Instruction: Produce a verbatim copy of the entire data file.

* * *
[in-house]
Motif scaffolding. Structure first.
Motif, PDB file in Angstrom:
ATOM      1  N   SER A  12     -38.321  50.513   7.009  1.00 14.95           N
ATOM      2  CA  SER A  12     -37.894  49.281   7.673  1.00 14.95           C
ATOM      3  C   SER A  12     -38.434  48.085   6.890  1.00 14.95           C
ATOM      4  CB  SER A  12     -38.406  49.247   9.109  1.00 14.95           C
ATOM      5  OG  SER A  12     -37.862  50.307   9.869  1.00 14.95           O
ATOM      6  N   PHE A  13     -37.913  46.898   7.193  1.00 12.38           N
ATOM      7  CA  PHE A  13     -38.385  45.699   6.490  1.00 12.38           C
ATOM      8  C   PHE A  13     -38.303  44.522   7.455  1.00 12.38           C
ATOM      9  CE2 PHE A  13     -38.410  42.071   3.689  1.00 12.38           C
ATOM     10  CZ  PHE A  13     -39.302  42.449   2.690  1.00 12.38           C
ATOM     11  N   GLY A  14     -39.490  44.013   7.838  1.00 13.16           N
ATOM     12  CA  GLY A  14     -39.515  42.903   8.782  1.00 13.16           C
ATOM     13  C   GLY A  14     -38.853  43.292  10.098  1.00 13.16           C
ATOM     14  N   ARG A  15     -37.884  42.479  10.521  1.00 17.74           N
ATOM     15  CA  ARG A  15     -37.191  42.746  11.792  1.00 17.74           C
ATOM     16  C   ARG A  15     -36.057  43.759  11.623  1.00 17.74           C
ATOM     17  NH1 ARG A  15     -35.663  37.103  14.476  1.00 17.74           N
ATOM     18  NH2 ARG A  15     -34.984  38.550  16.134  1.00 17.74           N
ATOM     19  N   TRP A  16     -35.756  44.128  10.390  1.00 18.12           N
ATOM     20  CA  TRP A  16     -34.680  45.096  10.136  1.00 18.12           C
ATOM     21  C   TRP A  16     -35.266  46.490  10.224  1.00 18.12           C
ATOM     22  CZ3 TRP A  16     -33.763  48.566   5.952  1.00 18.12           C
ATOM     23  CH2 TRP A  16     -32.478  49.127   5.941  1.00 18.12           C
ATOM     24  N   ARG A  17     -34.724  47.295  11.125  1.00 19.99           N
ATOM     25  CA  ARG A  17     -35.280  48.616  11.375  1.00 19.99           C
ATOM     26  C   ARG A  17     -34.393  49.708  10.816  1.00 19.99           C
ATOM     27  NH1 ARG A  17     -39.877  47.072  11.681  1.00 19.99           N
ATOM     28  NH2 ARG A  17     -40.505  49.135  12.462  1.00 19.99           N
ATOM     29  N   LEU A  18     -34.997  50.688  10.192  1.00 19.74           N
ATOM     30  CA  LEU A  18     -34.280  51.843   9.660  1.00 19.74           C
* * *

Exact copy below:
[in-house]
Motif scaffolding. Structure first.
Motif, PDB file in Angstrom:
ATOM      1  N   SER A  12     -38.321  50.513   7.009  1.00 14.95           N
ATOM      2  CA  SER A  12     -37.894  49.281   7.673  1.00 14.95           C
ATOM      3  C   SER A  12     -38.434  48.085   6.890  1.00 14.95           C
ATOM      4  CB  SER A  12     -38.406  49.247   9.109  1.00 14.95           C
ATOM      5  OG  SER A  12     -37.862  50.307   9.869  1.00 14.95           O
ATOM      6  N   PHE A  13     -37.913  46.898   7.193  1.00 12.38           N
ATOM      7  CA  PHE A  13     -38.385  45.699   6.490  1.00 12.38           C
ATOM      8  C   PHE A  13     -38.303  44.522   7.455  1.00 12.38           C
ATOM      9  CE2 PHE A  13     -38.410  42.071   3.689  1.00 12.38           C
ATOM     10  CZ  PHE A  13     -39.302  42.449   2.690  1.00 12.38           C
ATOM     11  N   GLY A  14     -39.490  44.013   7.838  1.00 13.16           N
ATOM     12  CA  GLY A  14     -39.515  42.903   8.782  1.00 13.16           C
ATOM     13  C   GLY A  14     -38.853  43.292  10.098  1.00 13.16           C
ATOM     14  N   ARG A  15     -37.884  42.479  10.521  1.00 17.74           N
ATOM     15  CA  ARG A  15     -37.191  42.746  11.792  1.00 17.74           C
ATOM     16  C   ARG A  15     -36.057  43.759  11.623  1.00 17.74           C
ATOM     17  NH1 ARG A  15     -35.663  37.103  14.476  1.00 17.74           N
ATOM     18  NH2 ARG A  15     -34.984  38.550  16.134  1.00 17.74           N
ATOM     19  N   TRP A  16     -35.756  44.128  10.390  1.00 18.12           N
ATOM     20  CA  TRP A  16     -34.680  45.096  10.136  1.00 18.12           C
ATOM     21  C   TRP A  16     -35.266  46.490  10.224  1.00 18.12           C
ATOM     22  CZ3 TRP A  16     -33.763  48.566   5.952  1.00 18.12           C
ATOM     23  CH2 TRP A  16     -32.478  49.127   5.941  1.00 18.12           C
ATOM     24  N   ARG A  17     -34.724  47.295  11.125  1.00 19.99           N
ATOM     25  CA  ARG A  17     -35.280  48.616  11.375  1.00 19.99           C
ATOM     26  C   ARG A  17     -34.393  49.708  10.816  1.00 19.99           C
ATOM     27  NH1 ARG A  17     -39.877  47.072  11.681  1.00 19.99           N
ATOM     28  NH2 ARG A  17     -40.505  49.135  12.462  1.00 19.99           N
ATOM     29  N   LEU A  18     -34.997  50.688  10.192  1.00 19.74           N
ATOM     30  CA  LEU A  18     -34.280  51.843   9.660  1.00 19.74           C